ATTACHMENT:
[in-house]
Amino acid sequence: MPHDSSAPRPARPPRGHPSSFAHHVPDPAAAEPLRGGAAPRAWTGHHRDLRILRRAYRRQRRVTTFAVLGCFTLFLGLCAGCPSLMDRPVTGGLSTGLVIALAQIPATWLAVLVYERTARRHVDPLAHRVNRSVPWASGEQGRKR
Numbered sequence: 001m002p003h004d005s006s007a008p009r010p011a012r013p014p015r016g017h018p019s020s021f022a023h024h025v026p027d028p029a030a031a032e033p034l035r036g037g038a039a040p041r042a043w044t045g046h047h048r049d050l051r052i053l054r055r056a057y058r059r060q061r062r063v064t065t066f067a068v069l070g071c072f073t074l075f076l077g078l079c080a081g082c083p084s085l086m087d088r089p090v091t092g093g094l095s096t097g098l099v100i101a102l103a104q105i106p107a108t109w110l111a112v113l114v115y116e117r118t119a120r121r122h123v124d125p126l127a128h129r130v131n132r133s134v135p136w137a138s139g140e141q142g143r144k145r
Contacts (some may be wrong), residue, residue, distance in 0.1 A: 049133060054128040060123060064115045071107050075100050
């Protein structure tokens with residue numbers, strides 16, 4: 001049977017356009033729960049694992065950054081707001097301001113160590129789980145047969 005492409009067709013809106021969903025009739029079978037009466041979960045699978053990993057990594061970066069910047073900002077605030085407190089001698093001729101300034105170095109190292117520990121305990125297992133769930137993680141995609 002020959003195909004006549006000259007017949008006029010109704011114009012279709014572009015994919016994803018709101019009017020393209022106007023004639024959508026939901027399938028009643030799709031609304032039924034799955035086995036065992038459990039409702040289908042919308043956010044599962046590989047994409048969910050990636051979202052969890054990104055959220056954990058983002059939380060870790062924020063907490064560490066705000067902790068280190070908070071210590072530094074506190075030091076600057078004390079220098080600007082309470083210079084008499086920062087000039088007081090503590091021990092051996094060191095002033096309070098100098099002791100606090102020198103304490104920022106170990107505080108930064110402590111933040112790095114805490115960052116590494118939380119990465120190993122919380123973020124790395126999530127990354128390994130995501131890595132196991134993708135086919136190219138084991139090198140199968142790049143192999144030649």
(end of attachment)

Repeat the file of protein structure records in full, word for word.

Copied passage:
[in-house]
Amino acid sequence: MPHDSSAPRPARPPRGHPSSFAHHVPDPAAAEPLRGGAAPRAWTGHHRDLRILRRAYRRQRRVTTFAVLGCFTLFLGLCAGCPSLMDRPVTGGLSTGLVIALAQIPATWLAVLVYERTARRHVDPLAHRVNRSVPWASGEQGRKR
Numbered sequence: 001m002p003h004d005s006s007a008p009r010p011a012r013p014p015r016g017h018p019s020s021f022a023h024h025v026p027d028p029a030a031a032e033p034l035r036g037g038a039a040p041r042a043w044t045g046h047h048r049d050l051r052i053l054r055r056a057y058r059r060q061r062r063v064t065t066f067a068v069l070g071c072f073t074l075f076l077g078l079c080a081g082c083p084s085l086m087d088r089p090v091t092g093g094l095s096t097g098l099v100i101a102l103a104q105i106p107a108t109w110l111a112v113l114v115y116e117r118t119a120r121r122h123v124d125p126l127a128h129r130v131n132r133s134v135p136w137a138s139g140e141q142g143r144k145r
Contacts (some may be wrong), residue, residue, distance in 0.1 A: 049133060054128040060123060064115045071107050075100050
């Protein structure tokens with residue numbers, strides 16, 4: 001049977017356009033729960049694992065950054081707001097301001113160590129789980145047969 005492409009067709013809106021969903025009739029079978037009466041979960045699978053990993057990594061970066069910047073900002077605030085407190089001698093001729101300034105170095109190292117520990121305990125297992133769930137993680141995609 002020959003195909004006549006000259007017949008006029010109704011114009012279709014572009015994919016994803018709101019009017020393209022106007023004639024959508026939901027399938028009643030799709031609304032039924034799955035086995036065992038459990039409702040289908042919308043956010044599962046590989047994409048969910050990636051979202052969890054990104055959220056954990058983002059939380060870790062924020063907490064560490066705000067902790068280190070908070071210590072530094074506190075030091076600057078004390079220098080600007082309470083210079084008499086920062087000039088007081090503590091021990092051996094060191095002033096309070098100098099002791100606090102020198103304490104920022106170990107505080108930064110402590111933040112790095114805490115960052116590494118939380119990465120190993122919380123973020124790395126999530127990354128390994130995501131890595132196991134993708135086919136190219138084991139090198140199968142790049143192999144030649």